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Dean of Students

New salon caters to abuse victims

Andrew S. Avitt / Photographer Donna Baker stands in her brand new salon, Lydia’s Place, in the hopes of creating awareness for abuse victims.

Andrew S. Avitt / Photographer
Donna Baker stands in her brand new salon, Lydia’s Place, in the hopes of creating awareness for abuse victims.

 

For Donna Baker, owning a salon that caters to abuse victims is only part of her goal to create awareness for the issue in the community.

This past weekend, Baker was able to debut Lydia’s Place to the community during the open house.

Gov. Tari Renner was there to cut the ribbon and the public was welcomed to learn about the salon and Baker’s goal to help women that have been victims of abuse.

“It was a welcoming and calming place and people enjoyed being there, it was very successful and I’m very happy,” Baker said after the open house.

The Neville House presented Baker with a plaque in appreciation of efforts to help the community and provide self care.

Other businesses donated refreshments and goody bags to the guests in attendance. The event was to debut the salon, which provides free services and a place for fellowship. It was her dream that became a reality.

Her dream began in 2009 when Baker began to volunteer her services at a local shelter. She became inspired by the women who gathered in the kitchen to watch her cut and color their hair and began to dream of a place that she could have proper supplies and a designated place to serve these women.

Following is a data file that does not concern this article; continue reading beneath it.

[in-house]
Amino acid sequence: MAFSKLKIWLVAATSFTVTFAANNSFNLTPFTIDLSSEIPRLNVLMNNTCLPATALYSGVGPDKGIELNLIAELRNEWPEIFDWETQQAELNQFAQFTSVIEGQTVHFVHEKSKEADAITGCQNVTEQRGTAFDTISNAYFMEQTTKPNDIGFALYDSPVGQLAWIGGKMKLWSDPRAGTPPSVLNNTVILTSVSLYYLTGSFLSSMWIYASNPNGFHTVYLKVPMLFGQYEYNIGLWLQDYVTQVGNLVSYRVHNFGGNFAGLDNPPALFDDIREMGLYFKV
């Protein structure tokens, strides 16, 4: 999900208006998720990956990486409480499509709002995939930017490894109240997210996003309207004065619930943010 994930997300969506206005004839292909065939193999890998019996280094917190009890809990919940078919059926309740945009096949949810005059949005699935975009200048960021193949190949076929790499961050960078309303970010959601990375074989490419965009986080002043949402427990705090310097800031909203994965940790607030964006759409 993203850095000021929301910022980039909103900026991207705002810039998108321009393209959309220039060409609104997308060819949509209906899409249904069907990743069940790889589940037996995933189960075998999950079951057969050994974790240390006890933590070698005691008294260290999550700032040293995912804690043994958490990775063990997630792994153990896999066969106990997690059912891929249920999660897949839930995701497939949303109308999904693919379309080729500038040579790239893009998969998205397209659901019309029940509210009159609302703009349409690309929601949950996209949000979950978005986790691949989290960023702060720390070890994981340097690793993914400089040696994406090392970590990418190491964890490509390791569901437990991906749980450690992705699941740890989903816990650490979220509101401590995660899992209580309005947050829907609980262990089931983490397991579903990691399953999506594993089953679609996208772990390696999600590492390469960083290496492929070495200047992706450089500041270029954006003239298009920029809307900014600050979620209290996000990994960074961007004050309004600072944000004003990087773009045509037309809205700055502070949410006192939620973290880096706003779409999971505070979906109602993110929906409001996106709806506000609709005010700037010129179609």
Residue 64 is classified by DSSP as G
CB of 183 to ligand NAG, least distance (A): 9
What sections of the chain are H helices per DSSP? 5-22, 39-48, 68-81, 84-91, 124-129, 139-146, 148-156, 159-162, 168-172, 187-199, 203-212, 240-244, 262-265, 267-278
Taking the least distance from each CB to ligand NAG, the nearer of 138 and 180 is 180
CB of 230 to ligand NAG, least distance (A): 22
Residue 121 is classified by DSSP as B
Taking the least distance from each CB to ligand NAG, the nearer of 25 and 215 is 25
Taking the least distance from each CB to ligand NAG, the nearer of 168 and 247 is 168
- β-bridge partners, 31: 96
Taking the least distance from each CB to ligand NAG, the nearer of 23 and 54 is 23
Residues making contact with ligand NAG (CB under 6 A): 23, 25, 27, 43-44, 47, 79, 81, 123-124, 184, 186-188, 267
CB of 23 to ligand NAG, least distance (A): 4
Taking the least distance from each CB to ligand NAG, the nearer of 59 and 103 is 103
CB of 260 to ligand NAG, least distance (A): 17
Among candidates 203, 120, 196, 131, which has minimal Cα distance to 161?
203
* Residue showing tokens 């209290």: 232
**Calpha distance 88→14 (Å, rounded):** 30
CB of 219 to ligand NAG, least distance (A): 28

Baker was inspired by the women as they came out of their shells and began to encourage one another. Baker said the time together gathering to style their hair made a huge impact on the women and began to be very rewarding to her.

“You could just see a huge change in their stature,” said Baker. “They were so appreciative … They were so hungry for care.”

Baker believes that in addition to support groups and shelters, women can benefit from the confidence boost of a good cut and color, a relaxing facial or a clean manicure. However, the salon provides more than that, Baker creates an environment that welcomes women to come for fellowship.

Located in the old Bloomington Junior High School, the remodeled space was inspired by Baker’s original experience as a volunteer.

The waiting room is designed to resemble the original kitchen where Baker began her services, with a big kitchen table with games and novels so women can feel comfortable while they wait or visit.

Because the salon does not provide shelter or training for the women to return to the work force, they do not qualify for grants and rely on donations from the community. Baker receives financial help too so she can buy top quality and professional products. Baker wants to provide the best services to her clients.

“I have to be hopeful that in the future there will be grants I can apply for, but I am not depending on the grants to provide the services,” Baker said.

Until then, Baker relies on the help from donors and the community to aid her in supplies and support the salon, which in turn supplies and supports many in the community.

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